Growing up, my relationship with healthcare and medicine was like most other Canadians. Sore throat? Cough syrup. Bacterial infection? Antibiotics. This changed when I learned my 5-year-old cousin was diagnosed with Neuronal Ceroid Lipofuscinosis (NCL). I was devastated to learn that NCL would steal her ability to walk, see, talk, and eventually live. Growing up in the same neighborhood, I was at most of her doctor’s appointments and helped take care of her. My family scheduled our lives so there was always someone to talk with her, administer her medications, bathe her, and take her to the hospital when she had severe seizures. The emotional support and comfort we received from her physicians helped us get through these trying times and showed me that patient care involves more than just treating the disease. Hearing about research on NCL from her doctors gave us hope and made me realize that being a doctor goes beyond providing clinical care. The connection the doctors developed with my family, the way they taught us about NCL, and the hope their research on NCL gave us helped drive my curiosity and love for medicine.
While it was devastating to learn that there was no treatment for NCL, it highlighted the importance of medical research and motivated me to apply for a laboratory assistant position at the end of my first year at [name of university]. Soon after joining the lab, I became a research assistant and have been working since then to collect and analyze data on anti-malarial drugs. This experience helped me during a self-directed research project in biochemistry class. My group and I chose to investigate the ability of antifreeze proteins to kill liver cancer stem cells during cryosurgery in order to prevent recurrence. I presented our findings to my professors and class of over two hundred. Because of the novelty of our idea and our promising results, I prepared a first author manuscript, which is currently under review. Through this project, I formulated an experimental plan, analyzed data, prepared a report, and gave a presentation. Because of my interest in computer science, I will be conducting bioinformatics research on the spread and adaptation of viruses in my fourth year at [name of university]. Leveraging bioinformatics to interrogate biological systems will give me a unique perspective as I progress in my career as a physician-scientist. Though I know I won’t be able to help my cousin, I hope to improve health outcomes for others.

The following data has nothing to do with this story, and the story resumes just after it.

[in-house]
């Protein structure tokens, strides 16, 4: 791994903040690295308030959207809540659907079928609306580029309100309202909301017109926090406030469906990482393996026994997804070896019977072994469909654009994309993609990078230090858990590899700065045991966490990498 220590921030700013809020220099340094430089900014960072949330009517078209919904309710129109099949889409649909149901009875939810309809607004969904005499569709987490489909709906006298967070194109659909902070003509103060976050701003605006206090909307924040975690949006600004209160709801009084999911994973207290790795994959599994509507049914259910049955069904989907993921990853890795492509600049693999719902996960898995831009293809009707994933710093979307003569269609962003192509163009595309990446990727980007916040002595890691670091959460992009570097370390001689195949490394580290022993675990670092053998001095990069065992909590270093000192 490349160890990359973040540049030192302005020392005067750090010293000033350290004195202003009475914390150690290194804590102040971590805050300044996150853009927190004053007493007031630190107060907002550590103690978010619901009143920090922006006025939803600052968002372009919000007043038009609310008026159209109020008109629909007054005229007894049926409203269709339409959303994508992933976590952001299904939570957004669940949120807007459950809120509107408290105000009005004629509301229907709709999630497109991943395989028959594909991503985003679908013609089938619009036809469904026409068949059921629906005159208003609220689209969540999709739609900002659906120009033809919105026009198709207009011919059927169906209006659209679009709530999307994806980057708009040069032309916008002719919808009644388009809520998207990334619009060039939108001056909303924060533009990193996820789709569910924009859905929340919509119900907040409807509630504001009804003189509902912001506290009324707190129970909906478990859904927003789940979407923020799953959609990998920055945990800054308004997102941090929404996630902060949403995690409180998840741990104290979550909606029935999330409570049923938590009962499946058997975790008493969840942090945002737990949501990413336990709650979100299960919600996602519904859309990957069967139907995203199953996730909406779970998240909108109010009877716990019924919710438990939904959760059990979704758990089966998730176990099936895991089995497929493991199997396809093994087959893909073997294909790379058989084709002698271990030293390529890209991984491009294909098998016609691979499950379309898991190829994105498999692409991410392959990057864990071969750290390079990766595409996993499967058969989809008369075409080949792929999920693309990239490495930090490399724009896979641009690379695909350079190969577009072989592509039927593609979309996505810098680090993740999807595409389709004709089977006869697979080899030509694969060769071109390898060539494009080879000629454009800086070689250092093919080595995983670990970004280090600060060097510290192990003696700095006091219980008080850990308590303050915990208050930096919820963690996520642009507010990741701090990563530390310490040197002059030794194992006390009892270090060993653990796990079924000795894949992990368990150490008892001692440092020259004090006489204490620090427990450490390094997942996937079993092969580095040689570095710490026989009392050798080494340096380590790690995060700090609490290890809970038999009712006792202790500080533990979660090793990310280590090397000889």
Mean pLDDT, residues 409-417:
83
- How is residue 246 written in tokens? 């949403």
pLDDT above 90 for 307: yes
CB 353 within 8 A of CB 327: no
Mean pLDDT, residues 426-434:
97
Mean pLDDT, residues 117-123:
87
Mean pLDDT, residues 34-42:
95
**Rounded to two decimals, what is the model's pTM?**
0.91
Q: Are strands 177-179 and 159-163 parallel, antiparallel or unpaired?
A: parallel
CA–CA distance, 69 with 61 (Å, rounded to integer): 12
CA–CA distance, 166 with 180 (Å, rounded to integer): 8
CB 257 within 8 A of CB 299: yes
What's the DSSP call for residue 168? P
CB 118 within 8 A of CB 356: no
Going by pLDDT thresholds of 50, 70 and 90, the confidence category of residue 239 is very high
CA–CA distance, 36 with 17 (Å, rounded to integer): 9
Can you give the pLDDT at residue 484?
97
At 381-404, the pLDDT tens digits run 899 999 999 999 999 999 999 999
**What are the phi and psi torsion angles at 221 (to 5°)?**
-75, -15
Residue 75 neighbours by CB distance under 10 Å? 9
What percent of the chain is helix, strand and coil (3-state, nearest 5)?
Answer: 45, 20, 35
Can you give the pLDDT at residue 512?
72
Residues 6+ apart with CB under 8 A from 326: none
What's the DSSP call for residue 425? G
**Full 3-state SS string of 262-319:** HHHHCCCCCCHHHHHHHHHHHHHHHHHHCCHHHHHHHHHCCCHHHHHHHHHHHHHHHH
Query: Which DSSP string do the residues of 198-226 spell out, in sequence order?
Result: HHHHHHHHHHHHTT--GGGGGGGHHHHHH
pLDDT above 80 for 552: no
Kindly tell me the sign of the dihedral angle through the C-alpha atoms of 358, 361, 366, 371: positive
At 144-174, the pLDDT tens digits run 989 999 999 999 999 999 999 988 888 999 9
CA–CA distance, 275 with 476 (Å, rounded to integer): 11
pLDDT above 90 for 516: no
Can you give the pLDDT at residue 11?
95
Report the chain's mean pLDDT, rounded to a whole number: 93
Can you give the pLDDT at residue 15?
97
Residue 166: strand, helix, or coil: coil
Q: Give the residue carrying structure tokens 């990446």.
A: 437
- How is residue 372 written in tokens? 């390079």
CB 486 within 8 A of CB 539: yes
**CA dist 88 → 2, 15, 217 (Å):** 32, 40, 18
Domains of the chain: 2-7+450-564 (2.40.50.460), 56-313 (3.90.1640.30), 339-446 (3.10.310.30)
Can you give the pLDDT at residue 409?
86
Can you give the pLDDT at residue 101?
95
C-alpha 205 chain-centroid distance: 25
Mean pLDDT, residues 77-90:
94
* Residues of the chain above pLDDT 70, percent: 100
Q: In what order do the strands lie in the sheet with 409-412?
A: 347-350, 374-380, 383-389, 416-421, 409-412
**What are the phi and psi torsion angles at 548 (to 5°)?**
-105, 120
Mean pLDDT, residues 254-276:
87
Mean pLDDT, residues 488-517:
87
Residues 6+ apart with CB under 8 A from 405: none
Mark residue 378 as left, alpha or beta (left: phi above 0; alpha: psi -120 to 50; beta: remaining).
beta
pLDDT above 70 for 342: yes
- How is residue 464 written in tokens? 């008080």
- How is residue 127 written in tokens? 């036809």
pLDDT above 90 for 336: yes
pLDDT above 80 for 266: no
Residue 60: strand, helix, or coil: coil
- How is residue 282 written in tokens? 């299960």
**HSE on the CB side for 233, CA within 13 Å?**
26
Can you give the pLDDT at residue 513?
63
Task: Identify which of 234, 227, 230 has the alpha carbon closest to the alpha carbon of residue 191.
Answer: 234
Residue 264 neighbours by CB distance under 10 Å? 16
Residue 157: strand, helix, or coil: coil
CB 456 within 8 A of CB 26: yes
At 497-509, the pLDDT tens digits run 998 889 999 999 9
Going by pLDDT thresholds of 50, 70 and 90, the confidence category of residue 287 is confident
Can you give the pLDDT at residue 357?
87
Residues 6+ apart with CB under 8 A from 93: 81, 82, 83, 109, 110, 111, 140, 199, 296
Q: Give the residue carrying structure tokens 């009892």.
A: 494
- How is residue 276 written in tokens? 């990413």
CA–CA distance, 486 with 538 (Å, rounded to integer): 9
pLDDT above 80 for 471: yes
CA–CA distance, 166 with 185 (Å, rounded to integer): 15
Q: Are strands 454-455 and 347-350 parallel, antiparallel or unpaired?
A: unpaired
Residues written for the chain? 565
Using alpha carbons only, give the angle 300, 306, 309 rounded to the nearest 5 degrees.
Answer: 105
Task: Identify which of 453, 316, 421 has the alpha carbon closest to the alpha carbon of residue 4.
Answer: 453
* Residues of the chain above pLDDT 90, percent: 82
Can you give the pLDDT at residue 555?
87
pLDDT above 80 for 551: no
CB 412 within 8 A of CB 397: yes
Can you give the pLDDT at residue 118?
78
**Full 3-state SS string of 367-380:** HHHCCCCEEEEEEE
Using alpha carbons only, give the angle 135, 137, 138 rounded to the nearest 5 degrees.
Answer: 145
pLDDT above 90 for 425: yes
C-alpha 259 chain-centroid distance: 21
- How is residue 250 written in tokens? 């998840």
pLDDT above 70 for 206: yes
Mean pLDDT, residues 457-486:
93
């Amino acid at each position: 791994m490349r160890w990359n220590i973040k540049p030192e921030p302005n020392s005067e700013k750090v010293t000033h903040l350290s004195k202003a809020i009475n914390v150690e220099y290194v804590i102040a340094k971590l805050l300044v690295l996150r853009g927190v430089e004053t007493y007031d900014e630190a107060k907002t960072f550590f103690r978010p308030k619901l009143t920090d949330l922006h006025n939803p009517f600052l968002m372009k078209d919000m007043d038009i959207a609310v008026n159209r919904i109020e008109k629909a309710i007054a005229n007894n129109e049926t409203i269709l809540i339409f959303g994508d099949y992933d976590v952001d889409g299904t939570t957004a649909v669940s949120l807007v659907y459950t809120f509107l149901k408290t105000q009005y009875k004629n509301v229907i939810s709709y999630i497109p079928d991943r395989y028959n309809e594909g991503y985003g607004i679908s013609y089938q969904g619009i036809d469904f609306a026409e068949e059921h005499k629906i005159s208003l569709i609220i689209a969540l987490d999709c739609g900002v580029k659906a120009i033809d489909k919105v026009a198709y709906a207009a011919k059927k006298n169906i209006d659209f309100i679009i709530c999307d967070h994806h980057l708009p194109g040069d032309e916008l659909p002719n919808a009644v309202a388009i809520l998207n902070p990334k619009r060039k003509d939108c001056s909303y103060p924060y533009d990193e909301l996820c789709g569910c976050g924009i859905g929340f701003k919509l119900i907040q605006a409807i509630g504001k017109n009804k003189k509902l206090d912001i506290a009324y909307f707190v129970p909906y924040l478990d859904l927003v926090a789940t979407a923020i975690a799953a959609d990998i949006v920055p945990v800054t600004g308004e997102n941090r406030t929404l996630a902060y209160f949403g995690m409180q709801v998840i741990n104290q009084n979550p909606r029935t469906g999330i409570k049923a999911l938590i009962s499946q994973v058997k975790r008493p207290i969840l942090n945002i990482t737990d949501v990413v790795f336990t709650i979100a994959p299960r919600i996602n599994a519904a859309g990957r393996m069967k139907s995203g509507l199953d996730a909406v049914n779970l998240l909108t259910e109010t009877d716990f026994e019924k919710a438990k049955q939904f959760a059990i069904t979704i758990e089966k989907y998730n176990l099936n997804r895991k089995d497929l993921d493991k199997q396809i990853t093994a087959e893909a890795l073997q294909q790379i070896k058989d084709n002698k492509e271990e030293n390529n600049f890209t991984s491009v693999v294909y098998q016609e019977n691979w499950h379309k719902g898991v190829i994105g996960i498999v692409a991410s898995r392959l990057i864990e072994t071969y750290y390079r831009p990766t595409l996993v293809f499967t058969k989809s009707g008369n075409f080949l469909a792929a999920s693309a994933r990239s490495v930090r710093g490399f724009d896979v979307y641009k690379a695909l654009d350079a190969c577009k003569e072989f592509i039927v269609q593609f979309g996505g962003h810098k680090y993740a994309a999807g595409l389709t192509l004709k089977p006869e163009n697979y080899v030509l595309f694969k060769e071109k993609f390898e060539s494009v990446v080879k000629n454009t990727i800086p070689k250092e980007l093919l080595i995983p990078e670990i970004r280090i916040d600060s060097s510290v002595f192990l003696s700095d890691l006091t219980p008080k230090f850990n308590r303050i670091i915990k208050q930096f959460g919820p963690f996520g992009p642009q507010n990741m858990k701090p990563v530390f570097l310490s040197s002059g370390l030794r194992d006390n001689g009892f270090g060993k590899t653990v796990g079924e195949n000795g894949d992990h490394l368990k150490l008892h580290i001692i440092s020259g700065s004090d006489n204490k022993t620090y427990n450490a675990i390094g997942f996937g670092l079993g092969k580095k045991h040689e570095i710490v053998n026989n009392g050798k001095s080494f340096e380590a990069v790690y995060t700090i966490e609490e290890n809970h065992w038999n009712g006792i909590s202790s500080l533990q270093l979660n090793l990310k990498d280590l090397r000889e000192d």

While my research experience has refined my quantitative analysis and scientific reasoning skills, my involvement at [name of association] has developed my communication skills. [Name of association] is a business I co-founded, which gave me the opportunity to train recruits, form professional relationships with local business owners, and work with my team to advocate for products and services. The interpersonal skills I developed through [name of association] helped me as a tutor and mentor. [Name of association] gave me the opportunity to form a bond with my mentee via verbal and non-verbal communication. My experiences have shown me that to be a doctor is to be a collaborator, a leader, and a professional.
I know I will always be a student of medicine, and that is what excites me. I want to learn intimately about disease and medicine. I want to educate the community on their personal health to empower them to live a healthier lifestyle. I want them to share their lives with me when they are vulnerable so that I can comfort them and their families. I want to conduct translational research to improve the health outcomes of countless individuals. When I lost my cousin, I realized that I wanted to be a doctor so I could be involved in research and in clinical care; so that the next time a 5-year-old comes in, instead of saying there’s nothing we can do, I want to be able to tell them that there is a cure and we are going to make their child feel better.
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